2nd International Workshop on Non-Invasive Brain Stimulation (NIBS)


3-4 June 2021

Organization committee:

Alexander Opitz, Ivan Alekseichuk, Axel Thielscher


UPDATE from 4 Jun 2021: This year's workshop is finished! We want to thank all speakers and participants for their contribution to its success. We will send the certificate of attendance next week. Video recordings (along with the recordings from 2020) will be available on ouYouTube channel soon. Stay tuned for the NIBS Workshop 2022!


In this workshop, students and researchers can learn about state-of-the art modeling methods in non-invasive brain stimulation and their combination with imaging methods. The workshop includes lectures and hands-on sessions. Topics covered range from FEM modeling and combined NIBS-neuroimaging to animal models.

Noninvasive tools capable of selectively manipulating neural systems in the human brain are needed to advance our neuroscientific understanding of brain function and develop novel therapeutic strategies. Transcranial magnetic stimulation (TMS), transcranial direct current stimulation (tDCS), and transcranial alternating current stimulation (tACS) modulate neural activity based on inducing electric fields in the brain. These electric field distributions can be numerically computed using realistic head models. Increasingly, these modeling approaches are combined with imaging methods such as fMRI or EEG.




Thursday, June 3 (All time for Minnesota, CDT/GMT-5)

07:45-08:00     Introduction and welcome notes (Alexander Opitz)

08:00-10:00     Session I - Translational animal models

  • 08:00-08:30    Andreas Vlachos - How does repetitive magnetic stimulation induce synaptic plasticity?
  • 08:30-09:00    Alia Benali - Deciphering the basic neurophysiological principles of transcranial magnetic stimulation
  • 09:00-09:30    Matthew Krause - The surprisingly complex neural effects of tES: evidence from non-human primates
  • 09:30-10:00    Galit Pelled - Neuromodulation technologies for restoring and augmenting neuro-performance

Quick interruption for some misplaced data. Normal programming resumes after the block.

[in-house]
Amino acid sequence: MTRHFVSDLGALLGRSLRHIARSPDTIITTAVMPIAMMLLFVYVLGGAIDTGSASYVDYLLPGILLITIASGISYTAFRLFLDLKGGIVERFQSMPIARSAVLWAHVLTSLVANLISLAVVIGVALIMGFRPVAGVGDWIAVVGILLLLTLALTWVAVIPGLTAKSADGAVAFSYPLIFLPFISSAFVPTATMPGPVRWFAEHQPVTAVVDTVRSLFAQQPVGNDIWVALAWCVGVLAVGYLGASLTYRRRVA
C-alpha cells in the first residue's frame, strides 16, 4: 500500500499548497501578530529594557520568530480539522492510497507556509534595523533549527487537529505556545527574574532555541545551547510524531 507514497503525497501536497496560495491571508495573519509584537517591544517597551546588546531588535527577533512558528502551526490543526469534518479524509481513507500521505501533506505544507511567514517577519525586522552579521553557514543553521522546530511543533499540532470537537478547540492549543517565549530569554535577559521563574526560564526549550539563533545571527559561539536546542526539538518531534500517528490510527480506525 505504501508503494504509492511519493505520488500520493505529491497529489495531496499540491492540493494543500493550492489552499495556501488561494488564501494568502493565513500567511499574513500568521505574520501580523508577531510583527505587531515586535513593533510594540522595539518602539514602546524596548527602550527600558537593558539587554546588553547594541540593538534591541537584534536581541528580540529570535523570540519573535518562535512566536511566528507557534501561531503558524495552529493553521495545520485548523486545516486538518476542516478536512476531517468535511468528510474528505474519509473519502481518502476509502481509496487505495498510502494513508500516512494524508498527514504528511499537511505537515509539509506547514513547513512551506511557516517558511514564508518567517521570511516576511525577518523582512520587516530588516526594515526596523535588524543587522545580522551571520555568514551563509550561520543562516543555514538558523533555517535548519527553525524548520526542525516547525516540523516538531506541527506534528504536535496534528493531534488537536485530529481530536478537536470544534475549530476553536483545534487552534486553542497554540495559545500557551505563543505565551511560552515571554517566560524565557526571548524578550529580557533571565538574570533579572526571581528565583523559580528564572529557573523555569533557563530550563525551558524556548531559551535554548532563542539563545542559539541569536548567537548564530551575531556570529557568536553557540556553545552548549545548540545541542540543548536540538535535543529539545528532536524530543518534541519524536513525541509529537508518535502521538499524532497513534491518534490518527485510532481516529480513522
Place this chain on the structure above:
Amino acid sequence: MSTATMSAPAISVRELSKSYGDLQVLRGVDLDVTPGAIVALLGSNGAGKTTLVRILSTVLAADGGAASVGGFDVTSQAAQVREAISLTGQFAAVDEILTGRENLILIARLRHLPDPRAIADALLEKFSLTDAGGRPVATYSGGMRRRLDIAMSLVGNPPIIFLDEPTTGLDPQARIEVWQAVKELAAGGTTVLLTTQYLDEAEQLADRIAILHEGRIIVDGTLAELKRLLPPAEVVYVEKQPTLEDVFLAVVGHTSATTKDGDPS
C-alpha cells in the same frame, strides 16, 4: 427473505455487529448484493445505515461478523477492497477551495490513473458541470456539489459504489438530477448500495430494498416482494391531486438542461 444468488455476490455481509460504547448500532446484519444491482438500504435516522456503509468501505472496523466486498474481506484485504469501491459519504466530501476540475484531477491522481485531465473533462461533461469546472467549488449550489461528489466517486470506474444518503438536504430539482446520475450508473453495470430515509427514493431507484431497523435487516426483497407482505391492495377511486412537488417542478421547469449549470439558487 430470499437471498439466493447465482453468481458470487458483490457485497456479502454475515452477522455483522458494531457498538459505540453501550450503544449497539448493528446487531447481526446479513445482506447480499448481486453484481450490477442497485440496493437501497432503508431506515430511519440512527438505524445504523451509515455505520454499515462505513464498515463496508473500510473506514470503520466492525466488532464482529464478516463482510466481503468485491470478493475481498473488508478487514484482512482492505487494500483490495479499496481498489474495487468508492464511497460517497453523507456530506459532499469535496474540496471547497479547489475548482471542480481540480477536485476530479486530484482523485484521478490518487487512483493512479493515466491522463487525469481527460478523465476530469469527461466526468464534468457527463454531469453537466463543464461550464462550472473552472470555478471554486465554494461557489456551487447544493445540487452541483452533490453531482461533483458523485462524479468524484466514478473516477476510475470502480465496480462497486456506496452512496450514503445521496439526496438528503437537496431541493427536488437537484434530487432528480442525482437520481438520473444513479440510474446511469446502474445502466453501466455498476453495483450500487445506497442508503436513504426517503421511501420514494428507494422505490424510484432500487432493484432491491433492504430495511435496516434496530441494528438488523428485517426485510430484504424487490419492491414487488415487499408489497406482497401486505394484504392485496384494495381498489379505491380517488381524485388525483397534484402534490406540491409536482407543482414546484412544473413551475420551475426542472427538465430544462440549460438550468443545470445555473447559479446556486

10:00-10:15     Break

10:15-12:15     Session II - Clinical/cognitive neuroscience

  • 10:15-10:45    Gesa Hartwigsen - Behavioral and neural modeling of NIBS effects in cognition
  • 10:45-11:15    Simon Hanslmayr - Modulating associative memory formation by multi-sensory phase synchronization
  • 11:15-11:45    Colleen Hanlon - Theta burst stimulation (TBS) – new insights from human and non-human primates
  • 11:45-12:15    Robert Reinhart - Using EEG phase synchronization-guided HD-tACS to improve working memory in older adults

12:15-12:30     Break

12:30-13:55     Session III - Selected poster talks

  • Robin Cash, Elisa Kallioniemi, Hongming Li, Nipun Perera, Mohsen Poorganji, Harry Tran, Xinhui Li, Yuranny Cabral-Calderin, and Miles Wischnewski

14:00-15:30     Session IV - Live modeling tutorial #1 (Axel Thielscher lab)

Friday, June 4

08:30-10:30     Session V - Novel developments in modeling

  • 08:30-09:00    Thomas Knoesche - TMS target localization
  • 09:00-09:30    Ilkka Laakso - Non-linear electric field dependent effects of tDCS on motor cortical excitability
  • 09:30-10:00    Daria Antonenko - Linking individual electric fields to human tES application
  • 10:00-10:30    Stephanie Jones - Human neocortical neurosolver: a new tool to study the circuit origin of EEG and impact of non-invasive brain stimulation

10:30-10:45     Break

10:45-12:45     Session VI - NIBS and imaging

  • 10:45-11:15    Lucia Li - TDCS and MRI: Investigating the relative influence of multiple parameters on brain network function
  • 11:15-11:45    Til Ole Bergmann - Combining NIBS with neuroimaging and electrophysiology
  • 11:45-12:15    Kristoffer Madsen - Combining neuroimaging and transcranial magnetic stimulation: pitfalls and perspectives
  • 12:15-12:45    Sara Tremblay - Using TMS-EEG and PET-fMRI to study the neural effects of theta burst stimulation

12:45-13:00     Break

13:00-14:30     Session IV - Live modeling tutorial #2 (Alexander Opitz lab)

14:30-14:45     Closing notes (Axel Thielscher)



Network-guided TMS



TMS and TES from animals to humans